Homelessness Monitor: England 2017
The Homelessness Monitor: England 2017 is the sixth annual report of an independent study, funded by Crisis and the Joseph Rowntree Foundation, of the homelessness impacts of recent economic and policy developments in England.
- In 2016 rough sleeping has risen by 132% since 2010 according to official estimates. Statistics routinely collected by the ‘CHAIN’ system similarly show London rough sleeping having more than doubled since 2010. A recent reduction in Central and Eastern European nationals rough sleeping has masked the ongoing increase in the number of UK nationals sleeping rough.
- There were 58,000 ‘homelessness acceptances’ by local authorities in England in 2014/15. This is 18,000 higher than in 2009/10. Administrative changes mean that these official statistics understate the increase in ‘homelessness expressed demand’ over recent years. There were some 271,000 ‘local authority homelessness case actions’ in 2015/16, a rise of 32% since 2009/10.
- Regional trends in homelessness have remained highly contrasting, with acceptances in the North of England in 2015/16 some 6% lower than in 2009/10 (the national low point), while in London the latest figure was more than double (103% higher than) that at this previous low point. There is evidence to suggest that some of the extreme pressure that has accumulated in London over recent years has begun to be seen nationwide.
- The increase in statutory homelessness is partly attributed to the sharply rising numbers made homeless from the private rented sector, with relevant cases having almost quadrupled over the period – from less than 5,000 to almost 18,000. As a proportion of all statutory homelessness acceptances, such cases had consequentially risen from 11% to 31 per cent since 2009/10.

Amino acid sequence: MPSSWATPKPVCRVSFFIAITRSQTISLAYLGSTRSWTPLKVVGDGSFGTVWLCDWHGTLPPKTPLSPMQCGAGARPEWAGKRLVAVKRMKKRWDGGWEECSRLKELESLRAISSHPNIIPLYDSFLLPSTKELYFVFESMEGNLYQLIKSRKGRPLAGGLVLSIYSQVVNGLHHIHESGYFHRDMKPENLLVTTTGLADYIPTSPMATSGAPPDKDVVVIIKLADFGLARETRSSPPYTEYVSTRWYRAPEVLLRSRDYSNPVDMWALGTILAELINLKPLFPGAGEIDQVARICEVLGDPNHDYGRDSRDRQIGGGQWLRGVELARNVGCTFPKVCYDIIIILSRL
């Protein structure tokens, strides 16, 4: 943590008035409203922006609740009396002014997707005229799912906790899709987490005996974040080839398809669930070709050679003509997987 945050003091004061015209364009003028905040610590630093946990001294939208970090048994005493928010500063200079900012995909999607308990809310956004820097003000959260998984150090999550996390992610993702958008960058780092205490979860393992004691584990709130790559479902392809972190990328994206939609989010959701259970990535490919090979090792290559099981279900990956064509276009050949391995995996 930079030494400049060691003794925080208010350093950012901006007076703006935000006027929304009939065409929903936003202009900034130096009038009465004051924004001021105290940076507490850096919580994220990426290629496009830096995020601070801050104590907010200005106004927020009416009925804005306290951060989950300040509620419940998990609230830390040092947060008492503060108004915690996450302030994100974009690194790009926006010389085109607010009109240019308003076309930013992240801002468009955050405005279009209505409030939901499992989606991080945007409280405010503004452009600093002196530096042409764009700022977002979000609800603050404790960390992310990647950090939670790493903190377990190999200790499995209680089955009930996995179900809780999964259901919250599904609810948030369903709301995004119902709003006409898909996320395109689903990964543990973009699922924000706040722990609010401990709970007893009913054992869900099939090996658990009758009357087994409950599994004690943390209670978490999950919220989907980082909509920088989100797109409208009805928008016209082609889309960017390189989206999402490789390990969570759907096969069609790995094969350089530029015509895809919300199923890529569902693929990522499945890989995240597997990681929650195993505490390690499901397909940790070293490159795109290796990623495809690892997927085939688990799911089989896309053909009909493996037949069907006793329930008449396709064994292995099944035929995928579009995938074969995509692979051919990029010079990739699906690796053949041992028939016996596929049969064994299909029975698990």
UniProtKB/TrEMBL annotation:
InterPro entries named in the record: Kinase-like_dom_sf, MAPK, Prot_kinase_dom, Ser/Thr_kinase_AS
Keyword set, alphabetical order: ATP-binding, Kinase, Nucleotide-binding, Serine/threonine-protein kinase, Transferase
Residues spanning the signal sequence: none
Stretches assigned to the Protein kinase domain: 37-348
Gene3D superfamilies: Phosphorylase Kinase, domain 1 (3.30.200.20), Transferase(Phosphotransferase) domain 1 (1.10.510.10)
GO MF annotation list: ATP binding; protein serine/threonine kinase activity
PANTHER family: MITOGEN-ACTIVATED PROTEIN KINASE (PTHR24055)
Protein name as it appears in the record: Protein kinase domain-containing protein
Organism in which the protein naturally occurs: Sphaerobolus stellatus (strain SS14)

- Since bottoming out in 2010/11, homeless placements in temporary accommodation have risen sharply, with the overall national total rising by 9% in the year to 30 June 2016; up by 52% since its low point five years earlier. B&B placements have been rising even faster, and now stand almost 250 per cent higher than in 2009.
- The welfare cuts introduced in this decade, and those planned for introduction in the coming years, will cumulatively reduce the incomes of poor households in and out of work by some £25 billion a year by 2020/21. This is in a context where existing welfare cuts, economic trends, and higher housing costs associated with the growth of private renting have already increased poverty amongst members of working families to record levels.
Fitzpatrick, S., Pawson, H., Bramley, G., Wilcox, S. & Watts, B. (2017) The Homelessness Monitor: England 2017, London: Crisis.